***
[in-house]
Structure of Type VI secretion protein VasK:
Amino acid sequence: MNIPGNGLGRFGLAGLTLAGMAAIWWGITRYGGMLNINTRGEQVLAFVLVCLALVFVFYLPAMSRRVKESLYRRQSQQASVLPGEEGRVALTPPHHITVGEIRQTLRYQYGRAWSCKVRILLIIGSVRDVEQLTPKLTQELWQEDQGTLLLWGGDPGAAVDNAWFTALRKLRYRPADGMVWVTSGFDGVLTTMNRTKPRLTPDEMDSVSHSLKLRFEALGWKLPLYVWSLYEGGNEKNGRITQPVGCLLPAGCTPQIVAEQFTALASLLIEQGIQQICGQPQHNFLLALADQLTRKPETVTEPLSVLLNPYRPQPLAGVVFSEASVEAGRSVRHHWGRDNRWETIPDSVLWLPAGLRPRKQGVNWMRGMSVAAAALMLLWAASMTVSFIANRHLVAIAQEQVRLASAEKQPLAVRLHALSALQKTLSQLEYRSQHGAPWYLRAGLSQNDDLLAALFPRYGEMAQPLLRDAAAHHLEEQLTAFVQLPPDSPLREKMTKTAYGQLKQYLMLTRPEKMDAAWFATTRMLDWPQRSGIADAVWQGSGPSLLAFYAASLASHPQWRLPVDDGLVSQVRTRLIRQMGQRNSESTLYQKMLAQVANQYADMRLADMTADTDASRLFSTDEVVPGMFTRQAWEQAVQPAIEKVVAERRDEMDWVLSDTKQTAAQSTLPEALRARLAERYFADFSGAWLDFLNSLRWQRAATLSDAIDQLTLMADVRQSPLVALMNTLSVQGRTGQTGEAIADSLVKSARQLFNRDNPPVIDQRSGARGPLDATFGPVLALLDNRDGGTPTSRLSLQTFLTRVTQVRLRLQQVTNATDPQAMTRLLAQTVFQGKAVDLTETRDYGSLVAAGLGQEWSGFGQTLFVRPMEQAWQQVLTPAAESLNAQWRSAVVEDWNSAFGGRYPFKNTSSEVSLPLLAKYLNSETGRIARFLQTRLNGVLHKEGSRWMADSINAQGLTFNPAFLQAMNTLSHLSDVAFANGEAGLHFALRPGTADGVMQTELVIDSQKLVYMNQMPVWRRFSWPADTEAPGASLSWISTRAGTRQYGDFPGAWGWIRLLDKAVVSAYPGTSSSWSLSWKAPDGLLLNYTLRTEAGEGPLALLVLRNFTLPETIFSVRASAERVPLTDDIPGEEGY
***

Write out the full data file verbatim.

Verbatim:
[in-house]
Structure of Type VI secretion protein VasK:
Amino acid sequence: MNIPGNGLGRFGLAGLTLAGMAAIWWGITRYGGMLNINTRGEQVLAFVLVCLALVFVFYLPAMSRRVKESLYRRQSQQASVLPGEEGRVALTPPHHITVGEIRQTLRYQYGRAWSCKVRILLIIGSVRDVEQLTPKLTQELWQEDQGTLLLWGGDPGAAVDNAWFTALRKLRYRPADGMVWVTSGFDGVLTTMNRTKPRLTPDEMDSVSHSLKLRFEALGWKLPLYVWSLYEGGNEKNGRITQPVGCLLPAGCTPQIVAEQFTALASLLIEQGIQQICGQPQHNFLLALADQLTRKPETVTEPLSVLLNPYRPQPLAGVVFSEASVEAGRSVRHHWGRDNRWETIPDSVLWLPAGLRPRKQGVNWMRGMSVAAAALMLLWAASMTVSFIANRHLVAIAQEQVRLASAEKQPLAVRLHALSALQKTLSQLEYRSQHGAPWYLRAGLSQNDDLLAALFPRYGEMAQPLLRDAAAHHLEEQLTAFVQLPPDSPLREKMTKTAYGQLKQYLMLTRPEKMDAAWFATTRMLDWPQRSGIADAVWQGSGPSLLAFYAASLASHPQWRLPVDDGLVSQVRTRLIRQMGQRNSESTLYQKMLAQVANQYADMRLADMTADTDASRLFSTDEVVPGMFTRQAWEQAVQPAIEKVVAERRDEMDWVLSDTKQTAAQSTLPEALRARLAERYFADFSGAWLDFLNSLRWQRAATLSDAIDQLTLMADVRQSPLVALMNTLSVQGRTGQTGEAIADSLVKSARQLFNRDNPPVIDQRSGARGPLDATFGPVLALLDNRDGGTPTSRLSLQTFLTRVTQVRLRLQQVTNATDPQAMTRLLAQTVFQGKAVDLTETRDYGSLVAAGLGQEWSGFGQTLFVRPMEQAWQQVLTPAAESLNAQWRSAVVEDWNSAFGGRYPFKNTSSEVSLPLLAKYLNSETGRIARFLQTRLNGVLHKEGSRWMADSINAQGLTFNPAFLQAMNTLSHLSDVAFANGEAGLHFALRPGTADGVMQTELVIDSQKLVYMNQMPVWRRFSWPADTEAPGASLSWISTRAGTRQYGDFPGAWGWIRLLDKAVVSAYPGTSSSWSLSWKAPDGLLLNYTLRTEAGEGPLALLVLRNFTLPETIFSVRASAERVPLTDDIPGEEGY